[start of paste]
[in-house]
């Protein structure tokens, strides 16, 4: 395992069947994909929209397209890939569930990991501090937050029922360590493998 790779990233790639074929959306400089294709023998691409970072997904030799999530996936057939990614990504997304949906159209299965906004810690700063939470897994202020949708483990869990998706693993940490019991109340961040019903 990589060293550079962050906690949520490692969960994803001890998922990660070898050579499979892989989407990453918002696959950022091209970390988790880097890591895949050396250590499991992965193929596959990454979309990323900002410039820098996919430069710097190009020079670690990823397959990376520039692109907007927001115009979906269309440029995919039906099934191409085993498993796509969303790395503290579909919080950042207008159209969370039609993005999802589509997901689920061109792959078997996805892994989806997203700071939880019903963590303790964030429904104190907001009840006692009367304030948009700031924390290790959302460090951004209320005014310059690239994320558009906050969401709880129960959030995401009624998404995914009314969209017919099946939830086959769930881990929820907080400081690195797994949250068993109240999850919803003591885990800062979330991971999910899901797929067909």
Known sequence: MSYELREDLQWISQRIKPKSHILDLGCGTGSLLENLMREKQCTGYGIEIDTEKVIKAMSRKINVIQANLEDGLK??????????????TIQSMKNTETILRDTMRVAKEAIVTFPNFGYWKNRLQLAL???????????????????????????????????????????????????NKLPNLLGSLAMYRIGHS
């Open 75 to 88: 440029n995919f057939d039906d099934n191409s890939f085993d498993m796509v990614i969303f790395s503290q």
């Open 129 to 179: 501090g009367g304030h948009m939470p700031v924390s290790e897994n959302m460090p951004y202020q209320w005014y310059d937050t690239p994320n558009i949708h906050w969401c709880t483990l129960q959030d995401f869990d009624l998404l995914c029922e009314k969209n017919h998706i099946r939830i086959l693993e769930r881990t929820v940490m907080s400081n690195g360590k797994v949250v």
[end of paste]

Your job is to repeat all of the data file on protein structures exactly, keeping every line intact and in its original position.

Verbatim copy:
[in-house]
């Protein structure tokens, strides 16, 4: 395992069947994909929209397209890939569930990991501090937050029922360590493998 790779990233790639074929959306400089294709023998691409970072997904030799999530996936057939990614990504997304949906159209299965906004810690700063939470897994202020949708483990869990998706693993940490019991109340961040019903 990589060293550079962050906690949520490692969960994803001890998922990660070898050579499979892989989407990453918002696959950022091209970390988790880097890591895949050396250590499991992965193929596959990454979309990323900002410039820098996919430069710097190009020079670690990823397959990376520039692109907007927001115009979906269309440029995919039906099934191409085993498993796509969303790395503290579909919080950042207008159209969370039609993005999802589509997901689920061109792959078997996805892994989806997203700071939880019903963590303790964030429904104190907001009840006692009367304030948009700031924390290790959302460090951004209320005014310059690239994320558009906050969401709880129960959030995401009624998404995914009314969209017919099946939830086959769930881990929820907080400081690195797994949250068993109240999850919803003591885990800062979330991971999910899901797929067909």
Known sequence: MSYELREDLQWISQRIKPKSHILDLGCGTGSLLENLMREKQCTGYGIEIDTEKVIKAMSRKINVIQANLEDGLK??????????????TIQSMKNTETILRDTMRVAKEAIVTFPNFGYWKNRLQLAL???????????????????????????????????????????????????NKLPNLLGSLAMYRIGHS
């Open 75 to 88: 440029n995919f057939d039906d099934n191409s890939f085993d498993m796509v990614i969303f790395s503290q």
């Open 129 to 179: 501090g009367g304030h948009m939470p700031v924390s290790e897994n959302m460090p951004y202020q209320w005014y310059d937050t690239p994320n558009i949708h906050w969401c709880t483990l129960q959030d995401f869990d009624l998404l995914c029922e009314k969209n017919h998706i099946r939830i086959l693993e769930r881990t929820v940490m907080s400081n690195g360590k797994v949250v």